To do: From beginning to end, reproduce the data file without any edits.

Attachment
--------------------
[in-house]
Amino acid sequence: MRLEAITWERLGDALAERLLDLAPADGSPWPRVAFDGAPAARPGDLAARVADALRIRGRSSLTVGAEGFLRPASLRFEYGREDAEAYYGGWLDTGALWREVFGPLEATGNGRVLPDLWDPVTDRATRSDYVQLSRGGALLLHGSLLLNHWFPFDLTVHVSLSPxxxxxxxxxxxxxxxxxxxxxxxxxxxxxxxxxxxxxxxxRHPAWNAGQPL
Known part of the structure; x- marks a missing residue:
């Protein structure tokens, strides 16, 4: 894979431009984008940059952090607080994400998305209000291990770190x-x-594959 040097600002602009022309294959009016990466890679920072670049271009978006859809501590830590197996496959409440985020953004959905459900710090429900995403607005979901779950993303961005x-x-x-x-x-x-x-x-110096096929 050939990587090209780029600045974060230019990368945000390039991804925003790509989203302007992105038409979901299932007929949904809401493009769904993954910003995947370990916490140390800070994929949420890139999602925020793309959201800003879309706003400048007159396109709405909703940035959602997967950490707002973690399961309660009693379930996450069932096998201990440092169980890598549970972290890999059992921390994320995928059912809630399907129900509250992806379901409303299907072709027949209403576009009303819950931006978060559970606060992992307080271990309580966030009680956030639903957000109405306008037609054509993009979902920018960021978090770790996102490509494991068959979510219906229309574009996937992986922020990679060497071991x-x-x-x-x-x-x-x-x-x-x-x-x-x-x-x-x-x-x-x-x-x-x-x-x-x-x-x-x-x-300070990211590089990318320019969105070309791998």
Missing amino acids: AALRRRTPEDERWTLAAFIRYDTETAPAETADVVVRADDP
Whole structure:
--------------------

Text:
[in-house]
Amino acid sequence: MRLEAITWERLGDALAERLLDLAPADGSPWPRVAFDGAPAARPGDLAARVADALRIRGRSSLTVGAEGFLRPASLRFEYGREDAEAYYGGWLDTGALWREVFGPLEATGNGRVLPDLWDPVTDRATRSDYVQLSRGGALLLHGSLLLNHWFPFDLTVHVSLSPxxxxxxxxxxxxxxxxxxxxxxxxxxxxxxxxxxxxxxxxRHPAWNAGQPL
Known part of the structure; x- marks a missing residue:
């Protein structure tokens, strides 16, 4: 894979431009984008940059952090607080994400998305209000291990770190x-x-594959 040097600002602009022309294959009016990466890679920072670049271009978006859809501590830590197996496959409440985020953004959905459900710090429900995403607005979901779950993303961005x-x-x-x-x-x-x-x-110096096929 050939990587090209780029600045974060230019990368945000390039991804925003790509989203302007992105038409979901299932007929949904809401493009769904993954910003995947370990916490140390800070994929949420890139999602925020793309959201800003879309706003400048007159396109709405909703940035959602997967950490707002973690399961309660009693379930996450069932096998201990440092169980890598549970972290890999059992921390994320995928059912809630399907129900509250992806379901409303299907072709027949209403576009009303819950931006978060559970606060992992307080271990309580966030009680956030639903957000109405306008037609054509993009979902920018960021978090770790996102490509494991068959979510219906229309574009996937992986922020990679060497071991x-x-x-x-x-x-x-x-x-x-x-x-x-x-x-x-x-x-x-x-x-x-x-x-x-x-x-x-x-x-300070990211590089990318320019969105070309791998």
Missing amino acids: AALRRRTPEDERWTLAAFIRYDTETAPAETADVVVRADDP
Whole structure: